Guest Writer’s Series #2: Dorianne Laux

The Art of the Student Broadside: A photo Documentary

I have always loved broadsides, and have collected quite a few over the years, many of them framed and hung around our home. These are poems I love to read and read again, Ruth Stone’s “Mantra”, taped to the side of a bookcase in the dining room, is one of 300 copies printed at Copper Canyon Press on the occasion of her winning the National Book Award for In The Next Galaxy. In the guest bedroom you can find Philip Levine’s “Ask for Nothing” under glass, designed and printed by Okeanos Press for Black Oak Books, signed by the author. “Beach Roses” by Mark Doty is also there, printed at the Elliott Press for a reading he gave at Pacific Lutheran University. In the kitchen, “Stay Still…” by Rilke, translated by my first editor the late Al Poulin and printed by Brighton Press, illustrated in green and red ink, an etching by the artist DeLoss McGraw, the 27th of 50 copies and signed in pencil by Poulin. As I move through the house, move through my day, I often stop and read a poem, stop, and read a poem. And my day grows larger in these moments.

I brought this love of the broadside into my classrooms at The University of Oregon and now here to North Carolina State. This line appears in every syllabus I have written over the past few years: Students will choose one poem from among the course offerings for memorization and recitation and will create a handmade broadside of their chosen poem. I email them an Internet guide to the history of the broadside as well as examples I have found on-line (see below). I then tell them they can do anything; there are no rules and no limits. If they want to write the poem in chalk on the sidewalk in front of the University, we will walk there as a class to view it, and if they want to print the poem on a t-shirt or a baseball cap, a pair of shoes, an arm or a leg, that is acceptable. I direct them to my facebook page where I’ve begun documenting their efforts so they can see what others have done before them. I save the classes near the end of the semester for presentations. The results are glorious, original, imaginative, humble, poignant, funky, elegant, always surprising, sometimes astonishing. Complex as a set of Chinese boxes or simple as a line drawing, origami-delicate to hood-of-a-car huge, you can see the careful thought and work that goes into these projects, these poems, poems that each student has gotten by heart and found a way to honor and display. Herewith, are a few photos of what they have made.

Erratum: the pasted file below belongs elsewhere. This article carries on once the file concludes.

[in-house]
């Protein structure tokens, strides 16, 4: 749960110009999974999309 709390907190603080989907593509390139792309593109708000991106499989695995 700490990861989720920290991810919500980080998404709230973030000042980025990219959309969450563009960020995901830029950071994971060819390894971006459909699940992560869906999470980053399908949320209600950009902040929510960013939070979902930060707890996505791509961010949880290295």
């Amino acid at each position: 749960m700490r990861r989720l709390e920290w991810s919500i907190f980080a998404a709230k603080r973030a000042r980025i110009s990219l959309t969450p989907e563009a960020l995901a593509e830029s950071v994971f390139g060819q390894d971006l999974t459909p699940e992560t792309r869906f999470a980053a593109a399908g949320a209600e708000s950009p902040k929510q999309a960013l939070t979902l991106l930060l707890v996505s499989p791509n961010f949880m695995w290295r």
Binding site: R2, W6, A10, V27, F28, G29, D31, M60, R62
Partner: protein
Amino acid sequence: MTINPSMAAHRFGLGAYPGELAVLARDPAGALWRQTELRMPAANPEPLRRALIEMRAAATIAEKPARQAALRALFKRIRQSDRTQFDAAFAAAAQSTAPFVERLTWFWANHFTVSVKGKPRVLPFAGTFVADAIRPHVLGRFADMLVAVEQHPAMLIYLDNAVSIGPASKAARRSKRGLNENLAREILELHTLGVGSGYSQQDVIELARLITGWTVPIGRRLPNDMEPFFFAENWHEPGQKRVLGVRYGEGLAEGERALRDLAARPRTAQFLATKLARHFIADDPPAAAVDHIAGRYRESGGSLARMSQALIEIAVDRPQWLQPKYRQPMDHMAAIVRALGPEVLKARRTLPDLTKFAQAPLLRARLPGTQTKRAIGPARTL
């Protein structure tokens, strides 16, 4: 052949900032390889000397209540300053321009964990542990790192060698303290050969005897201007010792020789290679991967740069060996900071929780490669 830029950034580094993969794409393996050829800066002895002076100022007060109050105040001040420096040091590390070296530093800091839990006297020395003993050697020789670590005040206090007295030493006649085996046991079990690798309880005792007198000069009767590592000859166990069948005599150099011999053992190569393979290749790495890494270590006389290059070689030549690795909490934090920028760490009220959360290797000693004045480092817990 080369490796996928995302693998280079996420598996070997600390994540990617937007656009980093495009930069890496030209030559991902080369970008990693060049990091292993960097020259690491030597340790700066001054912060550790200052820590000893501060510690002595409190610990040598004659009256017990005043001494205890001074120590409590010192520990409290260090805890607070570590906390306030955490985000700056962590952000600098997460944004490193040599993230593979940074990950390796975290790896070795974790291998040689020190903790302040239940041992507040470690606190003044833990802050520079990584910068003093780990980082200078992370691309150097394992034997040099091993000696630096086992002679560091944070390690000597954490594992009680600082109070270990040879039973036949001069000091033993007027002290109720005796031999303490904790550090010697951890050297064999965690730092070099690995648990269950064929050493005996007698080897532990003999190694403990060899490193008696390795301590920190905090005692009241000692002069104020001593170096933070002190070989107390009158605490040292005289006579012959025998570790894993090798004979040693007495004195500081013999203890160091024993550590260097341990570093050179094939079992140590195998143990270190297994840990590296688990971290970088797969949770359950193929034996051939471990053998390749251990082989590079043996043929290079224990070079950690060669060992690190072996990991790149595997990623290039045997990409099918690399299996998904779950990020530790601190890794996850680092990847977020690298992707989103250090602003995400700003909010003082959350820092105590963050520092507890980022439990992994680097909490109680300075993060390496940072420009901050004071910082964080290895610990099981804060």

An Internet Guide to Information on Broadsides

The Word on the Street: A Short History of the Broadside

A history of The Ballad and Broadsides

On the Walls and in the Streets: American Poetry Broadsides from the 1960s

Author: James D. Sullivan

An interactive history from 1515-2000

History of Broadside Poetry

Scott King and Red Dragonfly Press: Foundry, the machines that cast type

Colored Horse: Broadside Books

Red Dragonfly Press: Type & Monotype Foundry Source:
http://www.coloredhorse.com/WritingPoetry/BroadsidesBooks.html


Red Dragonfly Press: Type & Monotype Foundry
Source:
http://www.reddragonflypress.org

 

The special casting of 18 didot Menhart Italic is now complete. Two complete fonts (10A-30a) available at $120. The special casting of 18 didot Menhart Roman was completed before the Italic. A halfdozen complete fonts (12A-30a) are available for $120. …

Check out the blog and video’s below

Poetry Workshop Blogspot


Dorianne Laux’s fourth book of poems, Facts about the Moon (W.W. Norton), is the recipient of the Oregon Book Award. Laux is also author of Awake, What We Carry, and Smoke from BOA Editions, as well as Superman: The Chapbook and Dark Charms, both from Red Dragonfly Press. Recent poems appear in Cimarron Review, Cerise Press, Margie, The Seattle Review, Tin House and The Valparaiso Review. Her fifth collection of poetry, The Book of Men, will be published by W.W. Norton in 2011. Laux teaches in the MFA Program at North Carolina State University.


		
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